Michigan State University has netted more than $3.9 million in grants from the United States Department of Agriculture to help Michigan farmers adapt to changing climate, tackle food safety issues, and help small- and medium-sized farms better compete in the marketplace.
The grants were awarded through the USDA's Agriculture and Food Research Initiative and administered through the National Institute of Food and Agriculture. A description of each initiative follows:
- Improving the meat quality of turkey – Gale Strasburg, professor of food science and human nutrition, will use a $975,000 grant to help turkeys better adapt to extreme weather changes that can affect the overall quality of the meat.
- Reducing salmonella risk of low-moisture foods – Sanghyup Jeong, assistant professor of biosystems and agricultural engineering, is using the more than $380,000 grant to tackle the growing problem of salmonella outbreaks involving dry products, such as almonds.
- Reducing foodborne transmission of STEC – Julie Funk, associate professor of large animal and clinical sciences, has earned a nearly $300,000 grant to study the roles of pigs in transmitting shiga toxin-producing E. coli, or STEC, to humans.
- Using genomic tools to bolster food safety – Joan Rose, Homer Nowlin Chair in Water Research, will use a nearly $300,000 grant to incorporate the latest next-generation genomic tools in reducing the number of foodborne outbreaks associated with fresh produce.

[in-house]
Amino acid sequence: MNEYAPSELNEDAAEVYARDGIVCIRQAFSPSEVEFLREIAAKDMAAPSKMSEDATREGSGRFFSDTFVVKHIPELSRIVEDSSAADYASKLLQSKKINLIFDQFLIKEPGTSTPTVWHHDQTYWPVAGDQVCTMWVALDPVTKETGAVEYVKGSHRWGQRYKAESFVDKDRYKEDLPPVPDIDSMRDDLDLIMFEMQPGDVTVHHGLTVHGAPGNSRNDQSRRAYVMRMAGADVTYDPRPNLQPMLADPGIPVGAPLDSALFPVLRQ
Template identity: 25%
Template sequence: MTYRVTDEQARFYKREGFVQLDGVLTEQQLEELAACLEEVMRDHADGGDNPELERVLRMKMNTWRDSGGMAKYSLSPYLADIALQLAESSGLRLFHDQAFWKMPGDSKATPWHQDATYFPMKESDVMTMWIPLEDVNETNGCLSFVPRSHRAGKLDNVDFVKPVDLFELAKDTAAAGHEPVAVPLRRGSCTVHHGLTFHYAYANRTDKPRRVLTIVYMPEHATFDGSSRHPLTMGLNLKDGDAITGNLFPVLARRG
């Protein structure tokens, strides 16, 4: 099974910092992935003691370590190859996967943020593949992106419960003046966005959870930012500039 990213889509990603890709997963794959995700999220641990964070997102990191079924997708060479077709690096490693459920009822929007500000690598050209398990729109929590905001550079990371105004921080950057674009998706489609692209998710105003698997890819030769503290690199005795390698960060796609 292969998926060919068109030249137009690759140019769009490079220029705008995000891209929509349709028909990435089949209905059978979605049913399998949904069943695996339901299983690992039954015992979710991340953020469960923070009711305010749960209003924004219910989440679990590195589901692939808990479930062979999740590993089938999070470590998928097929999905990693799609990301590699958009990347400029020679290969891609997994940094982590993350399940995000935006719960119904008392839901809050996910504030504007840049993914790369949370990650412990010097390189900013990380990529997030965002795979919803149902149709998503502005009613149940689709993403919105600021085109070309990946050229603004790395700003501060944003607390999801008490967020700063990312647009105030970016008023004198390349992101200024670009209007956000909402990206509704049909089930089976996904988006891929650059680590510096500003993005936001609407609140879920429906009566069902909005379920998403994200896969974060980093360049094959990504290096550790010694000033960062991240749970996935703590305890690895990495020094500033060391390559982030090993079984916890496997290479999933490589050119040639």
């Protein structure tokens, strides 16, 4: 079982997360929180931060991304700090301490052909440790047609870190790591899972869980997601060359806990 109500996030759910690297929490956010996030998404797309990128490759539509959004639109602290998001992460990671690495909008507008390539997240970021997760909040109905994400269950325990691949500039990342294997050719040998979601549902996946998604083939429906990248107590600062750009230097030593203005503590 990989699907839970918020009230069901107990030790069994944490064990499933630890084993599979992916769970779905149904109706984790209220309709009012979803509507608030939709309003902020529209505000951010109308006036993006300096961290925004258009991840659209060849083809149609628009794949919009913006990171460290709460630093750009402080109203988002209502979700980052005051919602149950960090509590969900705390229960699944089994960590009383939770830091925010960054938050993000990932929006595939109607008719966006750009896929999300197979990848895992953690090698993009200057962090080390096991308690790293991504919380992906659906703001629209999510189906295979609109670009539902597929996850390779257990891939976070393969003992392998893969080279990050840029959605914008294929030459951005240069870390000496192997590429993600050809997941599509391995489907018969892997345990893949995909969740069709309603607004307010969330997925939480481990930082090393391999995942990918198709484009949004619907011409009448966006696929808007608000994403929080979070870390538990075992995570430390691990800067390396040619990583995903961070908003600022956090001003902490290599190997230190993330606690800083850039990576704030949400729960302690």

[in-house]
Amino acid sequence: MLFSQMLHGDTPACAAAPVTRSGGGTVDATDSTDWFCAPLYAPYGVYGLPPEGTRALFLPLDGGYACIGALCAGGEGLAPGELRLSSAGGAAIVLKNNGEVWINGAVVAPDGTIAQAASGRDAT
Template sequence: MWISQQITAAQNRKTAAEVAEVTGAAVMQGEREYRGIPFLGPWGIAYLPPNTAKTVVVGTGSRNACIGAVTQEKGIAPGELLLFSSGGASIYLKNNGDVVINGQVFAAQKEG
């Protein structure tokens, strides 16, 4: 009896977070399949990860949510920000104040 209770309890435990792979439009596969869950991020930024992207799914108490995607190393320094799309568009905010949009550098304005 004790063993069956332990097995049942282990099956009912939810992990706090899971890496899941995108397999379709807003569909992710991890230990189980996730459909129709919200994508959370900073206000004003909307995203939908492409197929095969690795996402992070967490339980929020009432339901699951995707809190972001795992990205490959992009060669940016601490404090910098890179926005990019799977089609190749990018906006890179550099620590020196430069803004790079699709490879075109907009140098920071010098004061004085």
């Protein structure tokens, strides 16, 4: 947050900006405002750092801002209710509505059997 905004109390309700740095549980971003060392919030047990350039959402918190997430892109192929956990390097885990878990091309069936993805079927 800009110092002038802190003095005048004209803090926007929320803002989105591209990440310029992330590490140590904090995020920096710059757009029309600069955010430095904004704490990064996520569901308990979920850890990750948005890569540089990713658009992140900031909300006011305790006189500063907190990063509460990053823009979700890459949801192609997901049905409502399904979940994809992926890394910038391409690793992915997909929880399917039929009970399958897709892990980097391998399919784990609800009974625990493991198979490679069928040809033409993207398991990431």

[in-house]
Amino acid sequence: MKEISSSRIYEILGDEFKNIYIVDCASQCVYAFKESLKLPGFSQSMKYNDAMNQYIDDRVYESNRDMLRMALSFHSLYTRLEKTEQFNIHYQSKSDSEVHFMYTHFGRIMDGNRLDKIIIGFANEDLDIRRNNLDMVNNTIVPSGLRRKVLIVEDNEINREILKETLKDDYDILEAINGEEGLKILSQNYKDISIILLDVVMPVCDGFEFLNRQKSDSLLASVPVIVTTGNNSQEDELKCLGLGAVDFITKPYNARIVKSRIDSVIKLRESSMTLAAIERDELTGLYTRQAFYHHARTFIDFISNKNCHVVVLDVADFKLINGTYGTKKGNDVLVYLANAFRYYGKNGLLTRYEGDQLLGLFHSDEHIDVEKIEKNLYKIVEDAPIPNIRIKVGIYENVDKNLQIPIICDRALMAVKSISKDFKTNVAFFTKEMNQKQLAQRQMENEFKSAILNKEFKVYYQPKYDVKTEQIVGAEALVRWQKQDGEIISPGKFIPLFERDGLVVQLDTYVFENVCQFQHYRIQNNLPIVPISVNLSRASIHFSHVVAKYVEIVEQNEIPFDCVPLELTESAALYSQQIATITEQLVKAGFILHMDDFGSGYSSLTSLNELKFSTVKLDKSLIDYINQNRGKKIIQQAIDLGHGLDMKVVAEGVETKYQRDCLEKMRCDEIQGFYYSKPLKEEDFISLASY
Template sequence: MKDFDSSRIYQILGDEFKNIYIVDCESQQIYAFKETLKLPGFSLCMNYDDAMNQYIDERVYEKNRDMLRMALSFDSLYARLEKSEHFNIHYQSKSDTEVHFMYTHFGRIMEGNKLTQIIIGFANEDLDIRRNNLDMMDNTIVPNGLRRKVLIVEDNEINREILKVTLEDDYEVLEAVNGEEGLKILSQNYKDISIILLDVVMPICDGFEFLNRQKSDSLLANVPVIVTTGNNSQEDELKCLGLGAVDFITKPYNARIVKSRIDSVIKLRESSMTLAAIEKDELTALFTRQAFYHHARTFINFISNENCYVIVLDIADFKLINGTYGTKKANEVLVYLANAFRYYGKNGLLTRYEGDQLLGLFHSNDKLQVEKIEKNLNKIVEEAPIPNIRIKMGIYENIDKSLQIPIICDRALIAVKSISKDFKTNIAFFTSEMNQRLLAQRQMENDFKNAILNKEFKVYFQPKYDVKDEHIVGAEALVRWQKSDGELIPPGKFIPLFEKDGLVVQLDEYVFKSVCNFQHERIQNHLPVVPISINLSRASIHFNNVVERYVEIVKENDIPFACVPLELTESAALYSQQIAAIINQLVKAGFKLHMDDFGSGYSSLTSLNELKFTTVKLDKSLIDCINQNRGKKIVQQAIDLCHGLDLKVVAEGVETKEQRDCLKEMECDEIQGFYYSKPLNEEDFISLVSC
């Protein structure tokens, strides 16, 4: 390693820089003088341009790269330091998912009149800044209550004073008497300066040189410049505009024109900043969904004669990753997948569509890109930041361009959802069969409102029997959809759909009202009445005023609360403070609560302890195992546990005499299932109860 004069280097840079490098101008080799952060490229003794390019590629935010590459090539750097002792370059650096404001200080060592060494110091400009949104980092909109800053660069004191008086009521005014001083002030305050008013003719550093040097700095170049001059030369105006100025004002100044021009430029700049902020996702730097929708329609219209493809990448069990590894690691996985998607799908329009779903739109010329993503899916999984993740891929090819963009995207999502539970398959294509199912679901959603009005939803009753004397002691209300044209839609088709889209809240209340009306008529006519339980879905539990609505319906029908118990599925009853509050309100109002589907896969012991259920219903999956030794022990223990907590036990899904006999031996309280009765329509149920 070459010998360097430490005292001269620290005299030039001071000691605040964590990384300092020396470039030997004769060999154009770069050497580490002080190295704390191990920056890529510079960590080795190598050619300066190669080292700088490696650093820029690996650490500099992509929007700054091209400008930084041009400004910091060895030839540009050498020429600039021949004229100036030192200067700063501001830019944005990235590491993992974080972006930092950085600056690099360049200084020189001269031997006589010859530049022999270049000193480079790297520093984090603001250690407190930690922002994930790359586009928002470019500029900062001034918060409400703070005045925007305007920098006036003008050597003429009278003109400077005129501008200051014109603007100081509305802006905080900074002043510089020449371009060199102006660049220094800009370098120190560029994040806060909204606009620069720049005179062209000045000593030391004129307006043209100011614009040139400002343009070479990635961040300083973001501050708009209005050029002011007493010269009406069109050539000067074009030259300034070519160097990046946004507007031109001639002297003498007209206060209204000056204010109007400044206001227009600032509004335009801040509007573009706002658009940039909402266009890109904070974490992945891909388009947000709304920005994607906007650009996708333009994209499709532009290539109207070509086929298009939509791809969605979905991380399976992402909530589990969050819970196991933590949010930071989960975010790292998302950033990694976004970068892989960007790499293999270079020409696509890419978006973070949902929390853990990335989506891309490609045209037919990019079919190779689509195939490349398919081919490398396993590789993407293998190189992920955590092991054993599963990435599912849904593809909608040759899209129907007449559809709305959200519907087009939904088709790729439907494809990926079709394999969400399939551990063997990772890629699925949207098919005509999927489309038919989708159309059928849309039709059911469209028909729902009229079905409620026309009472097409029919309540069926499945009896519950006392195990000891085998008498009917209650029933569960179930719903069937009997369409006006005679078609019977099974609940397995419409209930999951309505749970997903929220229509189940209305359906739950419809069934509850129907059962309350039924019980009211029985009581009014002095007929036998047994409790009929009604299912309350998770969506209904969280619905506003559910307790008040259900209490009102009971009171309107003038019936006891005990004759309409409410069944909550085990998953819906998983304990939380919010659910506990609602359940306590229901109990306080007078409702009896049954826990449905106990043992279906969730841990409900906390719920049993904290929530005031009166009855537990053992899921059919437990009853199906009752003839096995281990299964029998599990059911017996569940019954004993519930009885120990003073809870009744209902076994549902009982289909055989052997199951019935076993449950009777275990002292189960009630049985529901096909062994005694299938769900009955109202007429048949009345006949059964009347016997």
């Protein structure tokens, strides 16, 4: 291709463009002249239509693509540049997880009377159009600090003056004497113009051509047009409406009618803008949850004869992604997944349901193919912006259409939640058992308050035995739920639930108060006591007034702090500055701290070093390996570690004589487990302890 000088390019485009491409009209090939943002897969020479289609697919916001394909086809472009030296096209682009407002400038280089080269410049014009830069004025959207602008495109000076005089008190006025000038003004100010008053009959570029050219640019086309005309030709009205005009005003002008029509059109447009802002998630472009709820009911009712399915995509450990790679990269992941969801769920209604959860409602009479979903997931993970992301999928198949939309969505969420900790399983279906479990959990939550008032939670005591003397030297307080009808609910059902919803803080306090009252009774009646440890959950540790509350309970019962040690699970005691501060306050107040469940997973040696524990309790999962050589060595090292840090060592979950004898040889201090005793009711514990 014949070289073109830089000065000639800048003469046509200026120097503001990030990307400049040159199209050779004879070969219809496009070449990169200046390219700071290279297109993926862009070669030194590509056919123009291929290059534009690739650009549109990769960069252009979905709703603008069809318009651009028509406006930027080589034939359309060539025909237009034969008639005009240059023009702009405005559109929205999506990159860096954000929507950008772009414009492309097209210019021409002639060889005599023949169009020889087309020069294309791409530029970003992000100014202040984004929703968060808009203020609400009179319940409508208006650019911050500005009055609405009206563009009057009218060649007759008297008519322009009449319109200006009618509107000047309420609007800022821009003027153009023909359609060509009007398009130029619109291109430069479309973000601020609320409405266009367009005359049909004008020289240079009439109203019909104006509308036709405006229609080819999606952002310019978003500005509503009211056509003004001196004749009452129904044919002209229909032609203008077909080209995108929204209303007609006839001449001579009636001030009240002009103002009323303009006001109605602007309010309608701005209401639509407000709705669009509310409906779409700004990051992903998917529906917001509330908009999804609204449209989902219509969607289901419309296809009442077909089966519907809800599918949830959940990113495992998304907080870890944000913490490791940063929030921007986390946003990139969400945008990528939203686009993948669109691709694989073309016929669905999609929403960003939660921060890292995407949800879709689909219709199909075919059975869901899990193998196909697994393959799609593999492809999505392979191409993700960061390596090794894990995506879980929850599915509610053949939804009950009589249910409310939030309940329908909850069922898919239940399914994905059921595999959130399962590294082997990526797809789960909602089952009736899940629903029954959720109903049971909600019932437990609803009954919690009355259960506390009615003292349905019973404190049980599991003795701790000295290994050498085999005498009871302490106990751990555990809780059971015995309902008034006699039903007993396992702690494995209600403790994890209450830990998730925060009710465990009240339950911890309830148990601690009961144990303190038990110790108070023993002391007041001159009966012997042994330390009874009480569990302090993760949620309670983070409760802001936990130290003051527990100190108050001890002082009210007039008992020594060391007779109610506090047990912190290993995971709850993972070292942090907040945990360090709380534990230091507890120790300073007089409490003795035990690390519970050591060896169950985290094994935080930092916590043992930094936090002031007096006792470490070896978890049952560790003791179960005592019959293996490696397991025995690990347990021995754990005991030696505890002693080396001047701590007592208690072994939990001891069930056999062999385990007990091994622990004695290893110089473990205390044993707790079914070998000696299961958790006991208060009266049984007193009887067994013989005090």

- Improving Michigan-based meat supply chains – Richard Pirog, Center for Regional Food Systems senior associate director, will use a $500,000 grant to increase the viability of small- and medium-sized livestock producers in local and regional markets.
- Collective entrepreneurship to benefit small- and medium-sized farms – Brent Ross, agricultural, food and resource economics assistant professor, will use a nearly $500,000 grant to help farmers take advantage of networks, continuing education and entrepreneurial activities.
- Boosting Michigan grass-finished beef production – Jason Rowntree, animal science assistant professor, has netted a nearly $460,000 grant to support small farms striving to fill the regional demand for locally sourced, grass-finished beef.
- Establish an incubator farm – Matthew Raven, community sustainability professor, will use a nearly $500,000 grant to establish an incubator farm at the Upper Peninsula Research and Extension Center to help U.P. residents and students enter the agriculture industry.